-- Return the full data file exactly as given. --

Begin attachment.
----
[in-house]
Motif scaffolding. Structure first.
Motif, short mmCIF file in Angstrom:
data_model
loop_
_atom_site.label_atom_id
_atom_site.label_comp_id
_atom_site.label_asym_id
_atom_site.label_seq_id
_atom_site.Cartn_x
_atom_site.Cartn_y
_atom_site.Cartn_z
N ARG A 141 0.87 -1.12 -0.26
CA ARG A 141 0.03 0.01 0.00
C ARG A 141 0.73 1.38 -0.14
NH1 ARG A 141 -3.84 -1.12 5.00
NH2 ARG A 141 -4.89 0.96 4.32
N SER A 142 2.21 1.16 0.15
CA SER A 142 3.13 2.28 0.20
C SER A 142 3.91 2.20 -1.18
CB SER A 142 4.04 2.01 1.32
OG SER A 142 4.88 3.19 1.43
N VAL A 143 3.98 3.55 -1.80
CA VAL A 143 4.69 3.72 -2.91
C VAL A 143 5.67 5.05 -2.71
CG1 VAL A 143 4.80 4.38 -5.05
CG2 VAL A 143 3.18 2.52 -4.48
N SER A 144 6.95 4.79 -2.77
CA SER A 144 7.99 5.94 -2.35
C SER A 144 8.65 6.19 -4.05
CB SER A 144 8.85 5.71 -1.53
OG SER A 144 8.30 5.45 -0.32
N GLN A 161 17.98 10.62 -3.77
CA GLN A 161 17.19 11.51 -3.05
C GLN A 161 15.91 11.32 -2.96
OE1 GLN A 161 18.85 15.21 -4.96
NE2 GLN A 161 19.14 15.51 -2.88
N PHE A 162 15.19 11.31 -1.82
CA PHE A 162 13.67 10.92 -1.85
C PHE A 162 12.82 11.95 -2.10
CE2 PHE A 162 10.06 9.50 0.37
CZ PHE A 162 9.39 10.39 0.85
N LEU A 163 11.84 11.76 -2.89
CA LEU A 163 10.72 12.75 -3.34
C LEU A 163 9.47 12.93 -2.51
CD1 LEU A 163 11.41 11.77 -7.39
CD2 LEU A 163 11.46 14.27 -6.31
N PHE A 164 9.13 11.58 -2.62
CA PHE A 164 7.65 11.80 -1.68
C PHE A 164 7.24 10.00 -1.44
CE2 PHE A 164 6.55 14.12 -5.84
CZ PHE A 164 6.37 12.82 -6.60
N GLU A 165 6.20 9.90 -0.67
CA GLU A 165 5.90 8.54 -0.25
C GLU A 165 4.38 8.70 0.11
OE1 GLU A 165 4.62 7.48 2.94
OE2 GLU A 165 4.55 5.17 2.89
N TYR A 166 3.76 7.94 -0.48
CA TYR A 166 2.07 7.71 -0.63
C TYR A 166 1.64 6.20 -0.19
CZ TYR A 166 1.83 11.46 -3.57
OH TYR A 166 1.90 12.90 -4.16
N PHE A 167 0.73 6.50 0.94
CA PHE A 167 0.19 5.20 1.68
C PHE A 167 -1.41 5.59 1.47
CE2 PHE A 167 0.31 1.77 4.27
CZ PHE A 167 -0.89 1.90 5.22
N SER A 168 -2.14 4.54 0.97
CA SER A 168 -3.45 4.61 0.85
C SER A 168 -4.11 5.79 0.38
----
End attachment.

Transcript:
[in-house]
Motif scaffolding. Structure first.
Motif, short mmCIF file in Angstrom:
data_model
loop_
_atom_site.label_atom_id
_atom_site.label_comp_id
_atom_site.label_asym_id
_atom_site.label_seq_id
_atom_site.Cartn_x
_atom_site.Cartn_y
_atom_site.Cartn_z
N ARG A 141 0.87 -1.12 -0.26
CA ARG A 141 0.03 0.01 0.00
C ARG A 141 0.73 1.38 -0.14
NH1 ARG A 141 -3.84 -1.12 5.00
NH2 ARG A 141 -4.89 0.96 4.32
N SER A 142 2.21 1.16 0.15
CA SER A 142 3.13 2.28 0.20
C SER A 142 3.91 2.20 -1.18
CB SER A 142 4.04 2.01 1.32
OG SER A 142 4.88 3.19 1.43
N VAL A 143 3.98 3.55 -1.80
CA VAL A 143 4.69 3.72 -2.91
C VAL A 143 5.67 5.05 -2.71
CG1 VAL A 143 4.80 4.38 -5.05
CG2 VAL A 143 3.18 2.52 -4.48
N SER A 144 6.95 4.79 -2.77
CA SER A 144 7.99 5.94 -2.35
C SER A 144 8.65 6.19 -4.05
CB SER A 144 8.85 5.71 -1.53
OG SER A 144 8.30 5.45 -0.32
N GLN A 161 17.98 10.62 -3.77
CA GLN A 161 17.19 11.51 -3.05
C GLN A 161 15.91 11.32 -2.96
OE1 GLN A 161 18.85 15.21 -4.96
NE2 GLN A 161 19.14 15.51 -2.88
N PHE A 162 15.19 11.31 -1.82
CA PHE A 162 13.67 10.92 -1.85
C PHE A 162 12.82 11.95 -2.10
CE2 PHE A 162 10.06 9.50 0.37
CZ PHE A 162 9.39 10.39 0.85
N LEU A 163 11.84 11.76 -2.89
CA LEU A 163 10.72 12.75 -3.34
C LEU A 163 9.47 12.93 -2.51
CD1 LEU A 163 11.41 11.77 -7.39
CD2 LEU A 163 11.46 14.27 -6.31
N PHE A 164 9.13 11.58 -2.62
CA PHE A 164 7.65 11.80 -1.68
C PHE A 164 7.24 10.00 -1.44
CE2 PHE A 164 6.55 14.12 -5.84
CZ PHE A 164 6.37 12.82 -6.60
N GLU A 165 6.20 9.90 -0.67
CA GLU A 165 5.90 8.54 -0.25
C GLU A 165 4.38 8.70 0.11
OE1 GLU A 165 4.62 7.48 2.94
OE2 GLU A 165 4.55 5.17 2.89
N TYR A 166 3.76 7.94 -0.48
CA TYR A 166 2.07 7.71 -0.63
C TYR A 166 1.64 6.20 -0.19
CZ TYR A 166 1.83 11.46 -3.57
OH TYR A 166 1.90 12.90 -4.16
N PHE A 167 0.73 6.50 0.94
CA PHE A 167 0.19 5.20 1.68
C PHE A 167 -1.41 5.59 1.47
CE2 PHE A 167 0.31 1.77 4.27
CZ PHE A 167 -0.89 1.90 5.22
N SER A 168 -2.14 4.54 0.97
CA SER A 168 -3.45 4.61 0.85
C SER A 168 -4.11 5.79 0.38